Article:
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Insights from first wave of US ethylene projects drive second wave decisions
The U.S. Gulf Coast will see the first wave of petrochemical projects begin operations in 2017 and learnings on areas such as feedstock availability and operating margins are spurring strategic decisions on a second wave of construction, analysts told Petrochemical Update.
First wave details
Four crackers totaling more than 5 million tonne/year of ethylene capacity are slated to start operations this year along the U.S. Gulf Coast. Five more are under construction and expected to begin operations before the end of 2019.
Some 10.3 million tonnes of ethylene capacity will enter the U.S. market before the end of 2019, according to global petrochemical market information provider ICIS.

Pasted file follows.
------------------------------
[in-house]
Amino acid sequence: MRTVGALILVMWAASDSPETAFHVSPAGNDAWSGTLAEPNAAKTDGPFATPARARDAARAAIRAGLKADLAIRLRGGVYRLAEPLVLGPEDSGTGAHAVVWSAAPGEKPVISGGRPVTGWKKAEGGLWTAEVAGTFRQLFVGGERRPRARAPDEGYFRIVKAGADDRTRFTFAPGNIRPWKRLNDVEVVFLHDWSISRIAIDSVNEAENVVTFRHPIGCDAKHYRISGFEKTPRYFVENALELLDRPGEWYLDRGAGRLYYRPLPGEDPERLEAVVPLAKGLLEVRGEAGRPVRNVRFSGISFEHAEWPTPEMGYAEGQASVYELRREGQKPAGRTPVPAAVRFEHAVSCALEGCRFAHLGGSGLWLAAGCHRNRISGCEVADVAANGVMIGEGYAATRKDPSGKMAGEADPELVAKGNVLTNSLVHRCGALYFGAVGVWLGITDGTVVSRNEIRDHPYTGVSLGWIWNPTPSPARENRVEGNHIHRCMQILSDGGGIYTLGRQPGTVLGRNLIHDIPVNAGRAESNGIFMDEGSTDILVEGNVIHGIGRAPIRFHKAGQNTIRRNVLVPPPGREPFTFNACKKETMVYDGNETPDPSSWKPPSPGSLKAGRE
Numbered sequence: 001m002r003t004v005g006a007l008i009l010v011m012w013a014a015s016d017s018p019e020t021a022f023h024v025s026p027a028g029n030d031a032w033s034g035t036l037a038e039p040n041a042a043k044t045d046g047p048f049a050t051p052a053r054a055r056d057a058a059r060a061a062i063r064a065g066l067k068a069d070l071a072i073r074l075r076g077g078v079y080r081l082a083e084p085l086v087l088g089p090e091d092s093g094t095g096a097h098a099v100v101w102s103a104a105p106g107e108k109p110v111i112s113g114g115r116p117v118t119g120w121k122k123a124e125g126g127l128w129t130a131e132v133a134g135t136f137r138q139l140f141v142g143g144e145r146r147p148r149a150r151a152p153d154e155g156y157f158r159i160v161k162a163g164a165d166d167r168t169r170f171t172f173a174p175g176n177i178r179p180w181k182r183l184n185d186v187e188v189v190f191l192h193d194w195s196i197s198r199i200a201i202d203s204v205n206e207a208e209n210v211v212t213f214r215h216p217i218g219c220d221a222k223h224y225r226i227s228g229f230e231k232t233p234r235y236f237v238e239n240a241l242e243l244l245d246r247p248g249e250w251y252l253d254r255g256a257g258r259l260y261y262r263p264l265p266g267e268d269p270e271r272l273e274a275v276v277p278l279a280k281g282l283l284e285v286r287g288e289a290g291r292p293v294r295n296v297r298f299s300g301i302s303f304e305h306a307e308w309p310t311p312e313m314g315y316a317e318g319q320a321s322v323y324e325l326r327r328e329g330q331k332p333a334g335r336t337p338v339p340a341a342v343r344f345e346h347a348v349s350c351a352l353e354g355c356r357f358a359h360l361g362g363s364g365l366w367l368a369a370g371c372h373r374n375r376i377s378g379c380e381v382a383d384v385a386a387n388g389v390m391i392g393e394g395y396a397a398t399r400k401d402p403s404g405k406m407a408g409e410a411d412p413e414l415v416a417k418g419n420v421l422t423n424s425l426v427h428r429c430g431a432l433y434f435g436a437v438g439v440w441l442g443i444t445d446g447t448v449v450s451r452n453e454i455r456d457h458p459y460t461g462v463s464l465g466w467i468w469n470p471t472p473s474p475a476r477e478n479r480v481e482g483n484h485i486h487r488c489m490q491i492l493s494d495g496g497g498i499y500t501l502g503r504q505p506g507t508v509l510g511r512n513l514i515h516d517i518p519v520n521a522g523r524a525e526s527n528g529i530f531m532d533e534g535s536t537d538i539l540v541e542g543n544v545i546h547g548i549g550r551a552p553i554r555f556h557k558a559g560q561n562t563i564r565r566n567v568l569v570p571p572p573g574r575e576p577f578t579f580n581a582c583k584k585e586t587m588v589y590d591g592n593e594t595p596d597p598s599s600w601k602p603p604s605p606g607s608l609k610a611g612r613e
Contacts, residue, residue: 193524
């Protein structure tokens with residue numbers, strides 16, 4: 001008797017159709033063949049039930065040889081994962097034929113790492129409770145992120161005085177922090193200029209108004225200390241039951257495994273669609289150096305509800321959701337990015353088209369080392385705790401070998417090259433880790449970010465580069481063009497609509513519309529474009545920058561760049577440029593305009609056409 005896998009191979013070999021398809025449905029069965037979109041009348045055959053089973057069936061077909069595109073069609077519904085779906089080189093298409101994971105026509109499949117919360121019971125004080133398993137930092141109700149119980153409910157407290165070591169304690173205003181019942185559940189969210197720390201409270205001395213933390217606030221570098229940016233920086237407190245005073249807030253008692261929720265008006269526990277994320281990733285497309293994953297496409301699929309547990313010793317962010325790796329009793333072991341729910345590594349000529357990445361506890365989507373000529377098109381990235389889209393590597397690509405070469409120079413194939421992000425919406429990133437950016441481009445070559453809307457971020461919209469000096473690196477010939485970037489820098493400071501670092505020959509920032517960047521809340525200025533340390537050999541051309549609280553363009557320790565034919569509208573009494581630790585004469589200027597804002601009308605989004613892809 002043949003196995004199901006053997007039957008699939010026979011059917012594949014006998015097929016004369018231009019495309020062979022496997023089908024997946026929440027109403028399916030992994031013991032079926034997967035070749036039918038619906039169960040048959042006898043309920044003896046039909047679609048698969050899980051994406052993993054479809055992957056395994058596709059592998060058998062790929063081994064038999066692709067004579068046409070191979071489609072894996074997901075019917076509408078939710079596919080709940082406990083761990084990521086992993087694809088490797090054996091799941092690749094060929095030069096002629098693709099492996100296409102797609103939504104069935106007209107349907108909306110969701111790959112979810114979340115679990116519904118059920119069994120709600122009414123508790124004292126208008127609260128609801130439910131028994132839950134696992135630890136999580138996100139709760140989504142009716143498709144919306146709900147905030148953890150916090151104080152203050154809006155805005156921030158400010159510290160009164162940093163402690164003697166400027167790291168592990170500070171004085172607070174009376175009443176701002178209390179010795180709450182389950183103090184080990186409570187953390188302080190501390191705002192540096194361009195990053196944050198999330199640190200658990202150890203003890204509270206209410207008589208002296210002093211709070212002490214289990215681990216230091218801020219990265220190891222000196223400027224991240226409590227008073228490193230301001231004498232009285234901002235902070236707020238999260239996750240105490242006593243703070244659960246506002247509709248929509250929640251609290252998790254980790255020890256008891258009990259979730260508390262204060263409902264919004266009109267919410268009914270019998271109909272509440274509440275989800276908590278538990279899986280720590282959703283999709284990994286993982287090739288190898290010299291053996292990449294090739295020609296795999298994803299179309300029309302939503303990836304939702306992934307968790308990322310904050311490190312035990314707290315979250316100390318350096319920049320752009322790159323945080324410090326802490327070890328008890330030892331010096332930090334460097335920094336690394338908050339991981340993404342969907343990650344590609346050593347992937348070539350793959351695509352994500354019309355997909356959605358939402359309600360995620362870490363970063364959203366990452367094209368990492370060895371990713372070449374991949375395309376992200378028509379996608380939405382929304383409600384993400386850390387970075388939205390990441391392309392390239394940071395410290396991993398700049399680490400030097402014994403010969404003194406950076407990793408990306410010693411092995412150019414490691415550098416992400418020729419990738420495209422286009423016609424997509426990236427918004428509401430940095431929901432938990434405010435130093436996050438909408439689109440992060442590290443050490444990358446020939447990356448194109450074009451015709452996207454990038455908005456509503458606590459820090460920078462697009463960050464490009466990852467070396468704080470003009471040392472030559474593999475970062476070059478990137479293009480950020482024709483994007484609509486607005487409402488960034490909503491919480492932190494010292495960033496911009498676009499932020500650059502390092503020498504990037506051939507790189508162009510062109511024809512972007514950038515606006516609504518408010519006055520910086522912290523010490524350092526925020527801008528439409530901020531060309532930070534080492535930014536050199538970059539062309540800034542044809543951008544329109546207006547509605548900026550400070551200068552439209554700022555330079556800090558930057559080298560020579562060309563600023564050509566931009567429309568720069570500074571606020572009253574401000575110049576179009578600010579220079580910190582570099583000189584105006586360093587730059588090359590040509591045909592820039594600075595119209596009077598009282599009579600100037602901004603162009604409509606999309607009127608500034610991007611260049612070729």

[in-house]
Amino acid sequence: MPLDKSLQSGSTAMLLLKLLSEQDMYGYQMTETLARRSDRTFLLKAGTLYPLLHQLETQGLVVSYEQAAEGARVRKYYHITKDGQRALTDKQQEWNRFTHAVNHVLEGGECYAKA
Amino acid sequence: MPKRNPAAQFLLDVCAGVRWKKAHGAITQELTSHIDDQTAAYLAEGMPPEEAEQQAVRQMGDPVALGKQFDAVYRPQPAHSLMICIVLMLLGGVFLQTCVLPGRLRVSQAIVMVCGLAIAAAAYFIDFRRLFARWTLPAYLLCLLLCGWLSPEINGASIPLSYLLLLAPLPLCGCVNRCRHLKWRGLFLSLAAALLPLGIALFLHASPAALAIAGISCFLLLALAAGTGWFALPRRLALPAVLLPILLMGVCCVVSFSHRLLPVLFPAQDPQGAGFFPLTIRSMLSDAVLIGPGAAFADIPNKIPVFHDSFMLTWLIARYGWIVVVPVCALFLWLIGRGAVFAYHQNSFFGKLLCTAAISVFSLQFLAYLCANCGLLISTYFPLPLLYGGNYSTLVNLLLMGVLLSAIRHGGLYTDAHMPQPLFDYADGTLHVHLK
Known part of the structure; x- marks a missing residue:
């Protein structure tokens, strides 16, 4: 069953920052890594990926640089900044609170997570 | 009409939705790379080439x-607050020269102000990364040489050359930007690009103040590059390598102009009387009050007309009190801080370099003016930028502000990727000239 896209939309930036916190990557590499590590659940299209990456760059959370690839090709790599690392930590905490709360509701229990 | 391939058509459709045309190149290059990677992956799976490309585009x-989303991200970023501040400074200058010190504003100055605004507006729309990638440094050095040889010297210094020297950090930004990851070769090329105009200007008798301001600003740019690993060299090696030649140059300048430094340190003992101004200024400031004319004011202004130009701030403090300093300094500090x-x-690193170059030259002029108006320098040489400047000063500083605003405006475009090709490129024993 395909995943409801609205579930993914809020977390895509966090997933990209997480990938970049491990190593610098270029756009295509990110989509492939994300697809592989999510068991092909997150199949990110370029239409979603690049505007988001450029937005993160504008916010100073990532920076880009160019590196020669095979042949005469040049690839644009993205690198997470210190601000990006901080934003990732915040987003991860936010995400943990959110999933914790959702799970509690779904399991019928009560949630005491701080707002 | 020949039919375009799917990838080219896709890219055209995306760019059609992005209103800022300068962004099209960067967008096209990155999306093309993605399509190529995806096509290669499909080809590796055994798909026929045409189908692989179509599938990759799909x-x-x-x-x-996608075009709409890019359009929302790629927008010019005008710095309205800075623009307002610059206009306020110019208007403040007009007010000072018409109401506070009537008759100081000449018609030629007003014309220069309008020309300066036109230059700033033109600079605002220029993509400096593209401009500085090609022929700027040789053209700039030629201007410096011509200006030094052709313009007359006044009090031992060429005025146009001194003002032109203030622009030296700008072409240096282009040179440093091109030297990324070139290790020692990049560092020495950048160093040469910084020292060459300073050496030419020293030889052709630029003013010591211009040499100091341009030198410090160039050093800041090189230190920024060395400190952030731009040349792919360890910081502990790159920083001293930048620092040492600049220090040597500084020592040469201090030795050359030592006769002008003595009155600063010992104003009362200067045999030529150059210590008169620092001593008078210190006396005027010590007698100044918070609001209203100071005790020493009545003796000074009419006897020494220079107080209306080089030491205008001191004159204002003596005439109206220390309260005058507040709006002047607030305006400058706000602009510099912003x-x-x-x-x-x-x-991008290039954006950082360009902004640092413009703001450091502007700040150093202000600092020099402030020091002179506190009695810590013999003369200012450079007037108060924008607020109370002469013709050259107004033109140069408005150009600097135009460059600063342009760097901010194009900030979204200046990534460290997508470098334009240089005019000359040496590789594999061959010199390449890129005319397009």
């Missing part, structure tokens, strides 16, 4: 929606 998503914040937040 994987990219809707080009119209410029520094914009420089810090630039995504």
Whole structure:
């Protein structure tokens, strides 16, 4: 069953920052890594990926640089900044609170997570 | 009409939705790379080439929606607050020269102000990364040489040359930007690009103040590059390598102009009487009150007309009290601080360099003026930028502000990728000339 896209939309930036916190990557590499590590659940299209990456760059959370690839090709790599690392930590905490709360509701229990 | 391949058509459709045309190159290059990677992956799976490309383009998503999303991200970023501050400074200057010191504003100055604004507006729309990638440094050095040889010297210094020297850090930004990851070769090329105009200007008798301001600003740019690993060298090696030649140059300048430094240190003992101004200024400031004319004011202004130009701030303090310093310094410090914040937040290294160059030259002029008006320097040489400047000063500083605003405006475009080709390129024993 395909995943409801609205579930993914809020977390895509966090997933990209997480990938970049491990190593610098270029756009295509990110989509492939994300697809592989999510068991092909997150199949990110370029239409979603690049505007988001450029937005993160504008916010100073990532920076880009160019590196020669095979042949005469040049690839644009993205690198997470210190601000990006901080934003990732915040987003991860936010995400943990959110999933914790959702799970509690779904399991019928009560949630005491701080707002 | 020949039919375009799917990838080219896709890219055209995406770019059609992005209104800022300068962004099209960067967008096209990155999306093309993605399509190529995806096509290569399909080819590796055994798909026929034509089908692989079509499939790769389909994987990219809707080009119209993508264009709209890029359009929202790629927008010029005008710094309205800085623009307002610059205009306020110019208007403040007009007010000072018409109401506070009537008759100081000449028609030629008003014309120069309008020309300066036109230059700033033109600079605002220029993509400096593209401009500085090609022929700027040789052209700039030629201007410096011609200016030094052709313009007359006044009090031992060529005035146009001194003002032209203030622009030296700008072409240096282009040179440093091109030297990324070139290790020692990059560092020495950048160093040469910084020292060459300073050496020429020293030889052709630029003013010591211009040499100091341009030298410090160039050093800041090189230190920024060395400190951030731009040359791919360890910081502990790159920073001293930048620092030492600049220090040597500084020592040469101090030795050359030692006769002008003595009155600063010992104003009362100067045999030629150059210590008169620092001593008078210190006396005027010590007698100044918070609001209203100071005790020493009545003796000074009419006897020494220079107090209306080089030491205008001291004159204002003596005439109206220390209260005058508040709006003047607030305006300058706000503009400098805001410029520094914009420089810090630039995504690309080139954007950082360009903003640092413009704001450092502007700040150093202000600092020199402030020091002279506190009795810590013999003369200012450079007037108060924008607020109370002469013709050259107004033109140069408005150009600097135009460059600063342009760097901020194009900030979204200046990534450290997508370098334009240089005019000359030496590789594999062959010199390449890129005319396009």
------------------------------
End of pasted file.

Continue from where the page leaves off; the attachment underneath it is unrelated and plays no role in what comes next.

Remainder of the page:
Lessons learned from First Wave
The first wave of construction projects was unprecedented in terms of growth, and the race to build so many ethylene crackers quickly and simultaneously led to implications for the industry. Labor and raw material shortages resulted in higher costs during the first wave of construction, as companies largely did design, procurement and construction at the same time and had to compete for both materials and labor. The rush to build led to engineering challenges as well.
“One thing LyondellBasell won’t do this time is rush on front end engineering. It was one of the first companies to debottleneck and lift cracker capacity on the U.S. Gulf in the initial wave of shale-based petrochemicals investment. It has time now to be more considered as it maps out the lie of the land,” said Nigel Davis, Insight Editor at ICIS.